The film makes much of social quirks in Catherine that would just be bits of comic business and quirk in, say, a Lubitsch movie (thinking specifically of the plucky heroine of Cluny Brown): she’s less excited about a new evening gown that arrives specially for her than about returning to the respite of her embroidery, she flinches when watching a street monger cut a fish for her and is then so unladylike as to carry the fish into the house herself, and her awkward, terrified movements on the dance floor at the ball are heartbreakingly believable (no mean feat for so accomplished and long-established an actress as de Havilland). Wyler and the Goetzes brilliantly set Catherine up not as an alien figure but as an embodiment of the deep insecurities and long-buried embarrassments of every audience member; we are consistently and completely in her corner, right down to the heartbreak of her facial expressions when the second man leaves her to find “claret cups” and she visibly believes he won’t be returning. When alone with an attractive man, once she gets over the disbelief that he’s interested in her (again, the result obviously of parental neglect and spitefulness), she wonders aloud desperately what she should talk about. When challenged on her social abilities, she defends herself by stating that she “made notes of the things I should say and how I should say them” (without making this too personal, that one gets me right in the gut!). And when even a gorgeous Montgomery Clift is the one approaching her, she constantly leans away as if in fear of being attacked; her response to some drooling flirtation on his part is, unforgettably, “I am not very good at this kind of conversation.”
We’re only directly privy to the very recent history of Catherine and her father. Whereas James notes that her mother, so beloved (or at least performatively beloved) by the doctor, died in childbirth, the film omits this detail and never lays out the specifics of the late Mrs. Sloper’s death, only that she lingers as a shadow looming above Catherine like the first Mrs. de Winter. Richardson’s salty and cutting portrayal of Dr. Sloper is painfully believable, with none of the one-dimensional villainy that, say, a Rex Harrison or Charles Boyer would have brought to the part; taking pride in his own stoic and unfeeling nature (diagnosing himself with illness near the end of the film and matter-of-factly announcing “I shall not recover”), he turns on a patronizing tone each time Catherine enters the room. While we’re predisposed almost from the start to being disdainful of him, he is a good enough judge of character to immediately see through the charades of Catherine’s young suitor, the faux-classy layabout Morris Townsend, but seemingly little realizes that it’s his own behavior that has set his daughter up as a victim to such a creature. His every remark to her is marked by disdain or backhanded condescension; when she appears in a beautiful dress, Henry James gives him the unforgettable review “You look as if you had $80,000 a year.” He openly and repeatedly compares her unfavorably to her mother, both to her face and in front of others. And it’s not merely Catherine to whom he is a dry, unpleasant figure — in the space of just a few minutes he informs two different people that they are “without dignity” and “beneath contempt” — but only she is actually in a position to be damaged by it.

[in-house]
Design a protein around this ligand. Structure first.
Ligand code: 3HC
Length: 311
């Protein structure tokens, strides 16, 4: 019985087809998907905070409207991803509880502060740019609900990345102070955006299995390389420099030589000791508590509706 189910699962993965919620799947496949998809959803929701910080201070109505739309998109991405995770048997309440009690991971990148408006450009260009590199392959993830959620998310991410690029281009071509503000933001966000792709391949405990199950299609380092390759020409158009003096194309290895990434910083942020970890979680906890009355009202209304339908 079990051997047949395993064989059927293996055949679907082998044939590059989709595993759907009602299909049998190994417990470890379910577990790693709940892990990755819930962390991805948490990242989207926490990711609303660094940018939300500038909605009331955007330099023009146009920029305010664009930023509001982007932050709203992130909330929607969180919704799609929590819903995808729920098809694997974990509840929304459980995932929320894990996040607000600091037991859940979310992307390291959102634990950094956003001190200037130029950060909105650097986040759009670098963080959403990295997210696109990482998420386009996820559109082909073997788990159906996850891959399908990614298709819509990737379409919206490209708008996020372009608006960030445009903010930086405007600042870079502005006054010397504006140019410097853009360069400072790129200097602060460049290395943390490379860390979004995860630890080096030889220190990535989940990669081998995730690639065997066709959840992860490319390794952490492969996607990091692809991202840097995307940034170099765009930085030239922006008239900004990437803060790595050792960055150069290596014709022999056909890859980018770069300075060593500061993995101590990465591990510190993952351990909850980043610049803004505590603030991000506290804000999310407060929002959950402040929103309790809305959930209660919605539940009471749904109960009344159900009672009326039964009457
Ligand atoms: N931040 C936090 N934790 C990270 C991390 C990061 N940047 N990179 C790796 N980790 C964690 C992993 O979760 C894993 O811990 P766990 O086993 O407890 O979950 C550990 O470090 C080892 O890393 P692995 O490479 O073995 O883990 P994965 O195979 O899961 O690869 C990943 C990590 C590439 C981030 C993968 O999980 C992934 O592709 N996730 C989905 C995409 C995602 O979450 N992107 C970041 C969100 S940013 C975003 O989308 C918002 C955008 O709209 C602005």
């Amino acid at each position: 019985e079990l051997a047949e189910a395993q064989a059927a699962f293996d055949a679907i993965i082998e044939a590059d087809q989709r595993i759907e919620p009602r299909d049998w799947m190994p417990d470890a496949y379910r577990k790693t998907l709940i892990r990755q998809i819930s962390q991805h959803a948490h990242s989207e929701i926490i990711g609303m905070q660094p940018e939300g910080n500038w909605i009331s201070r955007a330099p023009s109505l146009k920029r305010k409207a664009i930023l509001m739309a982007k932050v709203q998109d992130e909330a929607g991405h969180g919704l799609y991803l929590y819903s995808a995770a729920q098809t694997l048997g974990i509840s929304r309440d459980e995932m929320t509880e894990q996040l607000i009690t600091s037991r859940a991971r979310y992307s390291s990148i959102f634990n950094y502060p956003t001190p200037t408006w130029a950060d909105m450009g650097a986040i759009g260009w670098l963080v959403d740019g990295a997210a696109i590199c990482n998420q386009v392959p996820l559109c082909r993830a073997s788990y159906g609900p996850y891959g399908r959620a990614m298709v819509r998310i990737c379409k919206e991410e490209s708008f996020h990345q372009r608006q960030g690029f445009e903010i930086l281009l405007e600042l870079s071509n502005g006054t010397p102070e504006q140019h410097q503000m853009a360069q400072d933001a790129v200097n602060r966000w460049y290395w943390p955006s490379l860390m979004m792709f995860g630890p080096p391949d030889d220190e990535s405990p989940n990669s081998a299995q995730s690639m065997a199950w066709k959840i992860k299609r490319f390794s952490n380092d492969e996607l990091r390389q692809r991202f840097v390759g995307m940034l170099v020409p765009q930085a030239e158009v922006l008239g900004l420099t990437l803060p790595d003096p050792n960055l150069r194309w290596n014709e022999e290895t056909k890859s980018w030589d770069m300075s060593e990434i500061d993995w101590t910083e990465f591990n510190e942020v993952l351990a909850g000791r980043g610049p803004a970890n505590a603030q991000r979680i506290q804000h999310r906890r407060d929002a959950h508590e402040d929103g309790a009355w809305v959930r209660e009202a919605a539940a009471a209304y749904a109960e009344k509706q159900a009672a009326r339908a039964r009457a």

When he first meets Townsend and notes that he seems intelligent, Catherine’s overenthusiastic “oh, yes!” is met with a murderous glare. It may be that he recognizes Townsend’s pending abuse of his daughter because it is the only motive related to her that he understands; that the boy may genuinely love her never even crosses his mind, and while this may allow a certain protectiveness to set in — making a show of announcing her vulnerability to Townsend’s sister, then taking his daughter away to Europe for a spell to delay their marriage — it’s only ever under the terms of “love” in which the young woman is his own property that he is unwilling to share. He is far more troubled by the notion that Townsend will spend all of his money than he is by the idea that he may be a bad husband to his daughter, for he sees her as so subhuman that he cannot fathom her having any sophisticated relationship in the first place. It is, of course, entirely because of the inadequacy he’s baked into her personality that she is so easily swayed by a powerful, sexy con artist like Townsend; but as she later points out, would a life with Townsend, who is affectionate toward her, not potentially be at least a little better than one in which she already is unloved with no possibility of redemption?
Making all this worse is that of course, for at least the first half of the film, Catherine adores her father, and this despite already enduring decades alone with him: you can see it in the loving way she looks at him, never returned in kind. That’s not to say she is unaware of how ashamed he is of her, only that she truly seems to believe she is at fault. At one point, she breaks her cultivated exterior just enough to ask him to be kind to her, to promote her to her potential husband: “Praise me a little,” she pleads. And in that unmistakable manner in which victims of unloving households seem so conscious of their miseries yet so unaware of how unnecessary and inexcusable they are, she once nonchalantly, and not a little hilariously, tells Townsend: “My father won’t abuse you. He doesn’t know you well enough.”